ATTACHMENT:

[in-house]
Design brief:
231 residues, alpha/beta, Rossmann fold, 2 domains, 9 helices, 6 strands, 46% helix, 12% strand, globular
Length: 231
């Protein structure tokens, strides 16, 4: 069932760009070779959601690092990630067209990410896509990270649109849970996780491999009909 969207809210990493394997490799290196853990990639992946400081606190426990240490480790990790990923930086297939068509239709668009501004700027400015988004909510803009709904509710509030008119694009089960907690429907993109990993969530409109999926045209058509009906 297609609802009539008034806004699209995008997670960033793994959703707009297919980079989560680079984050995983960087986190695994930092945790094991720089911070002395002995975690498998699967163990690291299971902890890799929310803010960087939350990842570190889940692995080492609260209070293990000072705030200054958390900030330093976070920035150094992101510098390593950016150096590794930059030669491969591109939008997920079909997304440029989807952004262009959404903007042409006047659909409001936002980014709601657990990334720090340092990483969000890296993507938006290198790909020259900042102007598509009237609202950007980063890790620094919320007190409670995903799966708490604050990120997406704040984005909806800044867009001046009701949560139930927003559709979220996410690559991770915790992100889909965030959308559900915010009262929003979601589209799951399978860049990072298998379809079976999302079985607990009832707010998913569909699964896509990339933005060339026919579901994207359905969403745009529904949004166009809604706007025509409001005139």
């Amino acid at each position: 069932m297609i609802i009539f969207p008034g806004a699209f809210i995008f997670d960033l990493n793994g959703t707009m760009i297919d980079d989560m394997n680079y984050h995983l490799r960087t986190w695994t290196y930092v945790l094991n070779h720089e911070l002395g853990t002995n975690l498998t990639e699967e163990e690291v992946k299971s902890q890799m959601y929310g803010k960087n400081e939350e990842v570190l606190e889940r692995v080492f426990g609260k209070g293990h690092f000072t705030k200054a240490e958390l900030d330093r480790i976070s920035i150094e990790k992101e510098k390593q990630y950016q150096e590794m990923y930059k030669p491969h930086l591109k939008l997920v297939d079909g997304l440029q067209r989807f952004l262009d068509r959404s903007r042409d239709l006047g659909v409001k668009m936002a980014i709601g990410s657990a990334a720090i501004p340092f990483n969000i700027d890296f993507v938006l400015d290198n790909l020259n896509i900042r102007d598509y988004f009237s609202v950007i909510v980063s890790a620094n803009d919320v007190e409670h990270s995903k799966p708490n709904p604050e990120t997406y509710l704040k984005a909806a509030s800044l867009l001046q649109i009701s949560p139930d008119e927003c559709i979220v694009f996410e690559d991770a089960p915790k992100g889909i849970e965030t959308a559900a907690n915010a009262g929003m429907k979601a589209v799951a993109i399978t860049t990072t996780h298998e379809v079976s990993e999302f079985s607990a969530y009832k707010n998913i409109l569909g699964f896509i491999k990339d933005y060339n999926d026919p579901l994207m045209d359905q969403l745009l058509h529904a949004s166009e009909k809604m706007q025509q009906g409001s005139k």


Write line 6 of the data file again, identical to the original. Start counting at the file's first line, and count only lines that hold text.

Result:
């Amino acid at each position: 069932m297609i609802i009539f969207p008034g806004a699209f809210i995008f997670d960033l990493n793994g959703t707009m760009i297919d980079d989560m394997n680079y984050h995983l490799r960087t986190w695994t290196y930092v945790l094991n070779h720089e911070l002395g853990t002995n975690l498998t990639e699967e163990e690291v992946k299971s902890q890799m959601y929310g803010k960087n400081e939350e990842v570190l606190e889940r692995v080492f426990g609260k209070g293990h690092f000072t705030k200054a240490e958390l900030d330093r480790i976070s920035i150094e990790k992101e510098k390593q990630y950016q150096e590794m990923y930059k030669p491969h930086l591109k939008l997920v297939d079909g997304l440029q067209r989807f952004l262009d068509r959404s903007r042409d239709l006047g659909v409001k668009m936002a980014i709601g990410s657990a990334a720090i501004p340092f990483n969000i700027d890296f993507v938006l400015d290198n790909l020259n896509i900042r102007d598509y988004f009237s609202v950007i909510v980063s890790a620094n803009d919320v007190e409670h990270s995903k799966p708490n709904p604050e990120t997406y509710l704040k984005a909806a509030s800044l867009l001046q649109i009701s949560p139930d008119e927003c559709i979220v694009f996410e690559d991770a089960p915790k992100g889909i849970e965030t959308a559900a907690n915010a009262g929003m429907k979601a589209v799951a993109i399978t860049t990072t996780h298998e379809v079976s990993e999302f079985s607990a969530y009832k707010n998913i409109l569909g699964f896509i491999k990339d933005y060339n999926d026919p579901l994207m045209d359905q969403l745009l058509h529904a949004s166009e009909k809604m706007q025509q009906g409001s005139k």